Amelia began by digging a hole and setting her spell’s cornerstone in place. Then she raised the first ward directly around it. From there, she worked outward—until I could tell that the whole property, which was quite large, was surrounded with a basic ward. Contrary to what some might have thought, an effective ward system was actually composed of many wards, each with a slightly different design.

As I looked on, I could tell that Amelia was not only a natural, but also a creative witch, as she set layer after layer of magical barriers around the home. Each “resident” was given his or her own unique barrier, and then all of these wards were “braided” together. Not surprisingly, the human occupants were unable to inspire wards that were very strong, but once braided together—and then added to the wards inspired by the Halflings, the other witch, and the vampiress—the barrier around the home amplified exponentially.

After that, Amelia, bolstered her wards with the energies of the others on the property—the other vampires and the Weres. Even if they weren’t to reside permanently at the home, their strength as “concerned parties” contributed.

Next, she recited an ancient Fae spell, which immediately hid the children’s scents from me. I was surprised that the witch was able to speak the incantation in a flawless fairy dialect. Clearly, she’d learned it from one of the exiled Fire Fae—now commonly referred to as Daemons.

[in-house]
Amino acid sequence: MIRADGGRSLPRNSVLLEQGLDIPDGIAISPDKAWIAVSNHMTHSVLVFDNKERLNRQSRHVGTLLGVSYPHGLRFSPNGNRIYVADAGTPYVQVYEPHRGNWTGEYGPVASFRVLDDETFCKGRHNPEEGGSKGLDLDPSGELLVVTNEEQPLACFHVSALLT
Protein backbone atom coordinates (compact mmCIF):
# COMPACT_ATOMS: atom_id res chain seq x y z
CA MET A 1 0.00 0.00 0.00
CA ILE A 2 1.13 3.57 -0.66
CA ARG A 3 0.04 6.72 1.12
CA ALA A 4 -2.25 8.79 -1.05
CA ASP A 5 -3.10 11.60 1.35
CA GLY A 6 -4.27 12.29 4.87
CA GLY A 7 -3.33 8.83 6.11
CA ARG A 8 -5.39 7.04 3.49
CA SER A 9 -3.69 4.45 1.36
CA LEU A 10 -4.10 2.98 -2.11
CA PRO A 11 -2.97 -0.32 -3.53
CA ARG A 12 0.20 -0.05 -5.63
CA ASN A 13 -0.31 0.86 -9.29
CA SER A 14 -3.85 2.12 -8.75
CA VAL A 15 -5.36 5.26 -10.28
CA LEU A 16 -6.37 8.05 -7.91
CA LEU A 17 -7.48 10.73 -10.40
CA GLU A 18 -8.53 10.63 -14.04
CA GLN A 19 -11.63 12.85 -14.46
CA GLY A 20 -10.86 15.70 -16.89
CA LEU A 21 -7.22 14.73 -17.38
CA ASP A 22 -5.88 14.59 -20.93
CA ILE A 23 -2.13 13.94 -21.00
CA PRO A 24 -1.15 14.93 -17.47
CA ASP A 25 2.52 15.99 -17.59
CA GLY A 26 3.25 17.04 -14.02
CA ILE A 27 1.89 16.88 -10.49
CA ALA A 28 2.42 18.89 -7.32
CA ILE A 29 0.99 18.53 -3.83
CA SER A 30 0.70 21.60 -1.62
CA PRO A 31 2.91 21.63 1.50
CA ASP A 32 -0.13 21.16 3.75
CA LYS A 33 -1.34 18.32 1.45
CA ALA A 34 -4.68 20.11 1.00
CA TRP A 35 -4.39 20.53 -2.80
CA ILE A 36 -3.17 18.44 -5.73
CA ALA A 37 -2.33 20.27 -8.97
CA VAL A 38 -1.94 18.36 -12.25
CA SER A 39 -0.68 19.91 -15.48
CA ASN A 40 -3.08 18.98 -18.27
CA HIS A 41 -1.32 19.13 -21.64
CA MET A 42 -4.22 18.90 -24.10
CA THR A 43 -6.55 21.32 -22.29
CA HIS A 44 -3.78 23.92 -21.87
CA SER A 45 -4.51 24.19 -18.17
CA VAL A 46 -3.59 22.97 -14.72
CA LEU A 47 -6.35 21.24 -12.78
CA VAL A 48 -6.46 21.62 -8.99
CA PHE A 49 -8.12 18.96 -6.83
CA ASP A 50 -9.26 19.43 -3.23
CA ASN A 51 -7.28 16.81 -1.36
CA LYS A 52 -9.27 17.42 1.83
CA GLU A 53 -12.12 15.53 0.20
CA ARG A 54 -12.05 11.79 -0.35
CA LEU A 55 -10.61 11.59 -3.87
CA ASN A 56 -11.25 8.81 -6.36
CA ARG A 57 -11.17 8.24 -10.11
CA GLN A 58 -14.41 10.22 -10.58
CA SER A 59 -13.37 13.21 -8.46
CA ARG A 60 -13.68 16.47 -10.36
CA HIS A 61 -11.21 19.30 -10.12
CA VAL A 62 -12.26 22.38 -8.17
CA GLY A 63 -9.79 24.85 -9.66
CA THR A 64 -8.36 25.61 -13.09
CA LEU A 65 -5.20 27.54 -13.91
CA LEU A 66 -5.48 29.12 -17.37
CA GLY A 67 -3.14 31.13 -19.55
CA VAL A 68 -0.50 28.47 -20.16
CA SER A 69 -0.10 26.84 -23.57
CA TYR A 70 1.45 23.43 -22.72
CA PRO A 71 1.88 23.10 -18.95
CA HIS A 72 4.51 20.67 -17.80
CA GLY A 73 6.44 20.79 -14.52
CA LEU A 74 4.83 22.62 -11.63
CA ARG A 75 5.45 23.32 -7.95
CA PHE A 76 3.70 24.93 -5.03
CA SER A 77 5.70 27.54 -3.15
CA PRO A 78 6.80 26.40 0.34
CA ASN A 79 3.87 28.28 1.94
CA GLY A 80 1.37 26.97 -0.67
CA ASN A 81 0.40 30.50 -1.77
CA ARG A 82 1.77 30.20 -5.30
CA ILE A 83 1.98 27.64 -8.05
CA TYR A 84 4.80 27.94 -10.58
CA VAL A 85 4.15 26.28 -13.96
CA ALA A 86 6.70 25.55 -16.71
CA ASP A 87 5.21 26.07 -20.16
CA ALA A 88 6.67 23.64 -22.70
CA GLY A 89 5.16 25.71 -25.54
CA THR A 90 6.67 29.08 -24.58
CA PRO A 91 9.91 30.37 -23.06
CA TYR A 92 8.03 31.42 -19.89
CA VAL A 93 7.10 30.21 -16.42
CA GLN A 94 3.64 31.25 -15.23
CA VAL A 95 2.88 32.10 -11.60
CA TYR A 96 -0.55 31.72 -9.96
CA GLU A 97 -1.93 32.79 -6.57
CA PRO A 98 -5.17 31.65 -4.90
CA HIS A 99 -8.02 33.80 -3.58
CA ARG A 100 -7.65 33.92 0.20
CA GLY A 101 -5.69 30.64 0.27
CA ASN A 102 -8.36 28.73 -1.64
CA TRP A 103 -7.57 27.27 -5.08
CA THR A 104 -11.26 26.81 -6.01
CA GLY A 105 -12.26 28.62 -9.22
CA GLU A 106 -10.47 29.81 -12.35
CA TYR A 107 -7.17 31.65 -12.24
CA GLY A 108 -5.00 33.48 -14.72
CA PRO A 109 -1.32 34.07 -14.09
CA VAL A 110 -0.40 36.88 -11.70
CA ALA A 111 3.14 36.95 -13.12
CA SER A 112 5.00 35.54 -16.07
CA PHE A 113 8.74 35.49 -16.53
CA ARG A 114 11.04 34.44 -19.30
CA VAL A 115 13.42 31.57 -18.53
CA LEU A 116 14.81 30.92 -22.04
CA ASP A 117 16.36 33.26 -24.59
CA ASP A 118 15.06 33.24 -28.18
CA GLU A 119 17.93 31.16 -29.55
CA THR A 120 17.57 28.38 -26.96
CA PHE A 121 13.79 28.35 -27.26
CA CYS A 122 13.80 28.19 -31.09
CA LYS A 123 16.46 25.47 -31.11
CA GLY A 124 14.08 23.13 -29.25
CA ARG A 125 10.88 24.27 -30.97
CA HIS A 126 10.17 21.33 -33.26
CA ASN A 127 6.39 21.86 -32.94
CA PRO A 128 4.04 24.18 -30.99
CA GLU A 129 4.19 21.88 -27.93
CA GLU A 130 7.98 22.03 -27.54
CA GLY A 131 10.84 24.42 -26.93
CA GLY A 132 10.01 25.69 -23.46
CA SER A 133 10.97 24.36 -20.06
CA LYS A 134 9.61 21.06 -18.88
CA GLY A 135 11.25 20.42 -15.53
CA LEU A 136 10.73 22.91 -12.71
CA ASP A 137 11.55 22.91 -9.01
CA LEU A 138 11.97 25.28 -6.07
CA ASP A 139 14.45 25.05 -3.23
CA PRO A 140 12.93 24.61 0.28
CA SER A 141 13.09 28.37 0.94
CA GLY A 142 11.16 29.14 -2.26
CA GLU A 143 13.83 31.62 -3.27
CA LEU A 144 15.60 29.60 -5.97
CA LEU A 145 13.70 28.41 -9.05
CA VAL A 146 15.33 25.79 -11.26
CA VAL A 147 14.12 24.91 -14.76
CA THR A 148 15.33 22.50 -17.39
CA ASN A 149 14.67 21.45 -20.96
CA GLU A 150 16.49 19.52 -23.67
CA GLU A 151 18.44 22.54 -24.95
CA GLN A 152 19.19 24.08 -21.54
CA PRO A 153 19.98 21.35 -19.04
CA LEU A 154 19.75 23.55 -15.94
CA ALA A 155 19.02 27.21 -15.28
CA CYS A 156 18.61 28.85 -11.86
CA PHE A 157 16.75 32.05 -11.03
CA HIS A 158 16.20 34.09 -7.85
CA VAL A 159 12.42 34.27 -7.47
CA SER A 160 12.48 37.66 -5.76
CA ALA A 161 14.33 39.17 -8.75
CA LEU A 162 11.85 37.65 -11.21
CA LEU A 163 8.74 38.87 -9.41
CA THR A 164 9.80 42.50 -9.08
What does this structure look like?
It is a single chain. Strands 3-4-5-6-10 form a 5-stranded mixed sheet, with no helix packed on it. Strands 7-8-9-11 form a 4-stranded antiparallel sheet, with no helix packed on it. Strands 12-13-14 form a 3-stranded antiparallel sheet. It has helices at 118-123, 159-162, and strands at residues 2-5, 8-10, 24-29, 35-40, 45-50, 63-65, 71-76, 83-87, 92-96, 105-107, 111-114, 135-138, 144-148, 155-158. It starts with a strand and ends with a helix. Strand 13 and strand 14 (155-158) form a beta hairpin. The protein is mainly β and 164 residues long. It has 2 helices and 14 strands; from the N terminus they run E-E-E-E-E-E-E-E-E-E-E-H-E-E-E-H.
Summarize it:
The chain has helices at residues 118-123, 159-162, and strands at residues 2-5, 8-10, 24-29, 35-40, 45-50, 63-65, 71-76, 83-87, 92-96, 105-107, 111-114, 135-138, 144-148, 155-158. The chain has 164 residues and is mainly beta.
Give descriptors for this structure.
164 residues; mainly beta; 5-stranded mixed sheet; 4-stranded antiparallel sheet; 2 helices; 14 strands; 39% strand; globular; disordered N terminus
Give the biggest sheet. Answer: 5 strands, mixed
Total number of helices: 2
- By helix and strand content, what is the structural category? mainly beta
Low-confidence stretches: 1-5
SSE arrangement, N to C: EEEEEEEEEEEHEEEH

After that, Amelia used a simple privacy spell to distort the noise from within the home.

And, finally, she “encouraged” her wards to draw their strength from the cornerstone—a cornerstone based upon “love” rather than “power.”

Each of Amelia’s wards was simple, but together they were a wonderful construction—each as unique and vibrant as the individual or motive that inspired it. And—all of them immediately began to strengthen even more as they fed from the cornerstone. The witch’s last incantation involved “legacy.” Basically speaking, if any of the people inspiring the wards died, the wards would become even stronger.

I couldn’t help but to marvel at Amelia’s creativity and genius. Knowing that she’d constructed similar wards around Sookie’s home didn’t leave me hopeful that they’d be easy to counteract, even if I had the recipe.